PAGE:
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by R.J. Ellory
Overlook Press, April 2013
352 pages
ISBN: 1590205162

Buy in the UK | Buy in Canada

Daniel Ford has been accused of killing his best friend, Nathan Verney, and now awaits execution at Sumter Federal Penitentiary in South Carolina. As the countdown to his death begins, Daniel relates his story to Father John Rousseau.

But long before we get to the murder, which is only detailed toward the end of the book, Daniel tells Father Rousseau about the lifelong friendship between himself and Nathan, who he met at age six - how they grew up together, pulling pranks and defending each other in fights. Many fights - for while Daniel is a white Southerner, Nathan is black, and they grew up amid the racism of the 1950s and '60s.

It's a time of turbulence for America as a whole. The story is intercut with scenes from those times: John F. Kennedy's death, the civil-rights movement, the assassinations of Robert Kennedy and Martin Luther King Jr., and the Vietnam War - the latter a very real threat to Daniel and Nathan, who are of draft age.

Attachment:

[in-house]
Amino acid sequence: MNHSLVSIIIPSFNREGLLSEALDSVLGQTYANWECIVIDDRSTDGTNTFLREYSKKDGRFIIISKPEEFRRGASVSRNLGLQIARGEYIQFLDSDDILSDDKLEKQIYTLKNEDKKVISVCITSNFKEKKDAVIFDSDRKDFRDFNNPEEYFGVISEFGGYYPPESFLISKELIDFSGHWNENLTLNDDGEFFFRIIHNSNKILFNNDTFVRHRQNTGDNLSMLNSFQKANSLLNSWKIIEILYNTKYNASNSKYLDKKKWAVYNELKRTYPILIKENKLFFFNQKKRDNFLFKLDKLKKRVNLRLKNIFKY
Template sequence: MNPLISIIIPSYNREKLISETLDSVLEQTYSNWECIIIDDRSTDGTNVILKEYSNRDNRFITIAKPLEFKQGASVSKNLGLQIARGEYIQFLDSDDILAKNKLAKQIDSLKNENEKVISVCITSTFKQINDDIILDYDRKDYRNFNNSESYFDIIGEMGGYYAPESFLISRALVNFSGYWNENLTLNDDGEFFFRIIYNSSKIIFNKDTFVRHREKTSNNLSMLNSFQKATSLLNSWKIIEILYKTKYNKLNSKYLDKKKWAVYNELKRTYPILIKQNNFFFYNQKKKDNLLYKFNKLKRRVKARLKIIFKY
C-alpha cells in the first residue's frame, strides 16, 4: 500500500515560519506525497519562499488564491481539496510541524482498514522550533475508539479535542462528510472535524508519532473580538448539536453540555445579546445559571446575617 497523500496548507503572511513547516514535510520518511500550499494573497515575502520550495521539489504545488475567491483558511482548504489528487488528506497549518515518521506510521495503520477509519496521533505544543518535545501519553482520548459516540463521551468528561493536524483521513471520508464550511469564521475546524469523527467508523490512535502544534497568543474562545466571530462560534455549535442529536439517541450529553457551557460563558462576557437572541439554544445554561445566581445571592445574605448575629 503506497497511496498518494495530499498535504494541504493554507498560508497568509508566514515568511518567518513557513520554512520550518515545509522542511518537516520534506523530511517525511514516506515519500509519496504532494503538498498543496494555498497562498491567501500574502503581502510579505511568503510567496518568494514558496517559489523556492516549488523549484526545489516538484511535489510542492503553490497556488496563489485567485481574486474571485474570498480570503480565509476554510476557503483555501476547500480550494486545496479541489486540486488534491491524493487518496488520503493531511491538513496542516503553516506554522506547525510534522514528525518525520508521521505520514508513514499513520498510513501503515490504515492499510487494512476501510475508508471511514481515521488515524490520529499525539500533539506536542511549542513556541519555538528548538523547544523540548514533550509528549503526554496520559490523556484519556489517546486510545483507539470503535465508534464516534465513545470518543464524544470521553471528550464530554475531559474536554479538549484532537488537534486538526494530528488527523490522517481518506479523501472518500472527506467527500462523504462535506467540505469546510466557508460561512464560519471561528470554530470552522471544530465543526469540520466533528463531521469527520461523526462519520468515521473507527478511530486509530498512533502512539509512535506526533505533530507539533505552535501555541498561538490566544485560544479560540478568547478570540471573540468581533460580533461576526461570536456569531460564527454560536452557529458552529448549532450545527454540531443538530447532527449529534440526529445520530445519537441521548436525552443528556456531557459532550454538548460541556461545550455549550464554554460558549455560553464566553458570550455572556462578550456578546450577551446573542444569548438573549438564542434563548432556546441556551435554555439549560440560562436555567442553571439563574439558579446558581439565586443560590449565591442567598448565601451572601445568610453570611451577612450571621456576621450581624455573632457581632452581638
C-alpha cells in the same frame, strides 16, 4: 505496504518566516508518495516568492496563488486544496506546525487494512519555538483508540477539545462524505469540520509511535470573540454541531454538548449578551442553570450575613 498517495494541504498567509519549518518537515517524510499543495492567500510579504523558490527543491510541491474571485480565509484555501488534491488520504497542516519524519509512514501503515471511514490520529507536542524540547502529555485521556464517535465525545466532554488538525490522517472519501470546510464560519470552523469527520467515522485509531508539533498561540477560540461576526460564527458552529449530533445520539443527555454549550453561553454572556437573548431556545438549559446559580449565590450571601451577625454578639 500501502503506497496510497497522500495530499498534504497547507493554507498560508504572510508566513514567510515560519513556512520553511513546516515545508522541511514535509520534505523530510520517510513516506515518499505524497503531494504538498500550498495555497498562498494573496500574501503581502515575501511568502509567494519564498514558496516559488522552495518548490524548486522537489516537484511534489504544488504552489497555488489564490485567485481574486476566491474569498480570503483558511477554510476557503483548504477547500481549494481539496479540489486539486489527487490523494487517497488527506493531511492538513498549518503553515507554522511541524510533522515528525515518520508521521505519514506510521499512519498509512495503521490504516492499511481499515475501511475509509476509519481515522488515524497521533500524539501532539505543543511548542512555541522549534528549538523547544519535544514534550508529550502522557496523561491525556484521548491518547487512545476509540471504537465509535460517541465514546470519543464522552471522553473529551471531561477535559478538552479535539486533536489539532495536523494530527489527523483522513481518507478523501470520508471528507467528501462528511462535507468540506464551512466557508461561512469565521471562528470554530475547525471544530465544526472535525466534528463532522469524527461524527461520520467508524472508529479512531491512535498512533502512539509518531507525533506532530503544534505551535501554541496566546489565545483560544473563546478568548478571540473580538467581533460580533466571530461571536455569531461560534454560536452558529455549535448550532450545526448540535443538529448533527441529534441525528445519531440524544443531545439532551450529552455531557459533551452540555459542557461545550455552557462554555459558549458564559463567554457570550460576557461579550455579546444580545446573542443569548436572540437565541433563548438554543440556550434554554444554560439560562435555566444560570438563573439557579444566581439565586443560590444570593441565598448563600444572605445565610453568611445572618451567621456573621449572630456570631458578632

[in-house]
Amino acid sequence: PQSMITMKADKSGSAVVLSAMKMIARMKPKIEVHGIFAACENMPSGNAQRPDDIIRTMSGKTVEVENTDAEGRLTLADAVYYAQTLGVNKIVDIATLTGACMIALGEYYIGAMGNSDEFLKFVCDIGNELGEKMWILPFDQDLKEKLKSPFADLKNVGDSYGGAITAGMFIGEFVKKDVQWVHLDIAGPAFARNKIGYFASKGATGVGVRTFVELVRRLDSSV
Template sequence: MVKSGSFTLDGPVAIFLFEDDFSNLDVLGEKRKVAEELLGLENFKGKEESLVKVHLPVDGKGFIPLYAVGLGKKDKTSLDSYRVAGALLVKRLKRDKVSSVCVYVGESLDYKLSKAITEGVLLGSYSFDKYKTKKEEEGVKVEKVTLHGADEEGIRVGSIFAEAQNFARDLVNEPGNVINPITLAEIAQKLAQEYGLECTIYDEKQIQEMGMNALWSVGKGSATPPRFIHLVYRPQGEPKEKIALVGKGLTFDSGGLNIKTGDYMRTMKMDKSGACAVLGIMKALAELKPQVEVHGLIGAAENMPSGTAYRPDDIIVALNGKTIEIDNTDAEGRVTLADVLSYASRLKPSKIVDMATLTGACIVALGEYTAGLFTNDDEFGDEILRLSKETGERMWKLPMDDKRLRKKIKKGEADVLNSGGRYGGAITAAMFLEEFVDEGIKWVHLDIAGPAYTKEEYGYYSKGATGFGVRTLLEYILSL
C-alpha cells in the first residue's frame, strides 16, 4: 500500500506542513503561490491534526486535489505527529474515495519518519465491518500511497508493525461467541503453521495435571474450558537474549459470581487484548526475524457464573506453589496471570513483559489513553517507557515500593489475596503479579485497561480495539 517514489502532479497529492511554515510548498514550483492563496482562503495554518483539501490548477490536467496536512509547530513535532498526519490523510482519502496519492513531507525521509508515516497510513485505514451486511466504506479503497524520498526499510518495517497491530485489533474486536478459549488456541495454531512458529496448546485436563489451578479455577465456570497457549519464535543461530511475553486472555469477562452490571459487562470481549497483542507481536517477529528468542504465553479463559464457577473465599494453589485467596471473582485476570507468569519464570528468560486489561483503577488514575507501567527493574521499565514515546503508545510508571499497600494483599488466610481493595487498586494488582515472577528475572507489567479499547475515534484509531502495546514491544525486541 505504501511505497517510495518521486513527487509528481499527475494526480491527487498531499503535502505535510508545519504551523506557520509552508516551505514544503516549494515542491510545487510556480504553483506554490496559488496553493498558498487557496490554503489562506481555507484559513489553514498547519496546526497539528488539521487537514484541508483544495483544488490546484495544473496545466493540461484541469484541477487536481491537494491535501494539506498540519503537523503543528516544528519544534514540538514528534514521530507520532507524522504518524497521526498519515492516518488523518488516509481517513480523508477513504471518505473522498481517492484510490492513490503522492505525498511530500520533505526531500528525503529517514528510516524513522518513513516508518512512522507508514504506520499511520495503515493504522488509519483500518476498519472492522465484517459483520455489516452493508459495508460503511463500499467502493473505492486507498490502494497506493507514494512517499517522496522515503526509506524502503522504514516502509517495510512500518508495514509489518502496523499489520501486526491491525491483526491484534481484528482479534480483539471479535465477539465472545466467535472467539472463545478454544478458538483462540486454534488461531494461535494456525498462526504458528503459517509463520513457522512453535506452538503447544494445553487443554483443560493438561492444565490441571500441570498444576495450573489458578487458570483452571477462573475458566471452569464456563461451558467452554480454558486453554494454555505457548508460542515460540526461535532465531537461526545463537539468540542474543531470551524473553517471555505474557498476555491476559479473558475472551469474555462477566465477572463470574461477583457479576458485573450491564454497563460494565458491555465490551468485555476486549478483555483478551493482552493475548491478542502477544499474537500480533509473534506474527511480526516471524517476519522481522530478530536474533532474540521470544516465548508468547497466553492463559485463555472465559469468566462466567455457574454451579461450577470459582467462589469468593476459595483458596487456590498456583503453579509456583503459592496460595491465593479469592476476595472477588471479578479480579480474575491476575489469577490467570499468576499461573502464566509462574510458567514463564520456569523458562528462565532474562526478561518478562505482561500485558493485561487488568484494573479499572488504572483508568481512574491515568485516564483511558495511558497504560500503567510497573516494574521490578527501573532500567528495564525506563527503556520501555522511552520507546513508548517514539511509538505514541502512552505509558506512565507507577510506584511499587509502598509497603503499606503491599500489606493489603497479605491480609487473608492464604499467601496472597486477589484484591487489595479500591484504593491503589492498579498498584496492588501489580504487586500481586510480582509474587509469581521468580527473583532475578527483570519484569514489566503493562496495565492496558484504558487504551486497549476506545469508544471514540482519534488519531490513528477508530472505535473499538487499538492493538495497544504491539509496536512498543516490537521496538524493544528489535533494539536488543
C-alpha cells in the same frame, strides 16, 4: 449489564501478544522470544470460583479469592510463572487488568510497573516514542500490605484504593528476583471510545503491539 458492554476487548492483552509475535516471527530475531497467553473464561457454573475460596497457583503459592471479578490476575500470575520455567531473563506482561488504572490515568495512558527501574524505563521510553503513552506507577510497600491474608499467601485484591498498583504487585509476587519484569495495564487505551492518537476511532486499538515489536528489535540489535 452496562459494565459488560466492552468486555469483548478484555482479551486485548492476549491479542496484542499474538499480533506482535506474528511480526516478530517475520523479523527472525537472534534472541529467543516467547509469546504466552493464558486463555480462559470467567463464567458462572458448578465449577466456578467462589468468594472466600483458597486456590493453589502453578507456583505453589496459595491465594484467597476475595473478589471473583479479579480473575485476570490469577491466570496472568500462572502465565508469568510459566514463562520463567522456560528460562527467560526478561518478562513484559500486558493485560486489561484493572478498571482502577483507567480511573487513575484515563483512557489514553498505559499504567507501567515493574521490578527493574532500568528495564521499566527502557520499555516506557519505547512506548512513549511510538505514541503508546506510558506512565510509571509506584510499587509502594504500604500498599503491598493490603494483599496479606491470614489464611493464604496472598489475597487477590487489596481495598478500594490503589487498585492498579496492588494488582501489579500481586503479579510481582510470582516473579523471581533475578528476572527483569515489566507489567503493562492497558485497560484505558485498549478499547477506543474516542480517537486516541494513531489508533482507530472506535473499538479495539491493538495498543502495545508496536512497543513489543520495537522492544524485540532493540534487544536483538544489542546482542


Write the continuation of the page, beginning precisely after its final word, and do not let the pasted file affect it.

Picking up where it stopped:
Slowly, the story peels back the layers of a friendship that is tested and stretched to the limits. Could Daniel indeed have killed Nathan? Or will he be executed for a crime he didn't commit, something tied to bigger issues facing the country?

First published in 2003 in Britain, this novel has only now been published in the United States. It's a gripping story, steeped in emotion and human feeling. Ellory has recently been involved in something of a controversy, but if readers can look past that, they will find a powerful novel that is not only about the crime, but about friendship and justice.

Lourdes Venard is a newspaper editor in Long Island, N.Y.

Reviewed by Lourdes Venard, May 2013

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Contact: Yvonne Klein (ymk@reviewingtheevidence.com)

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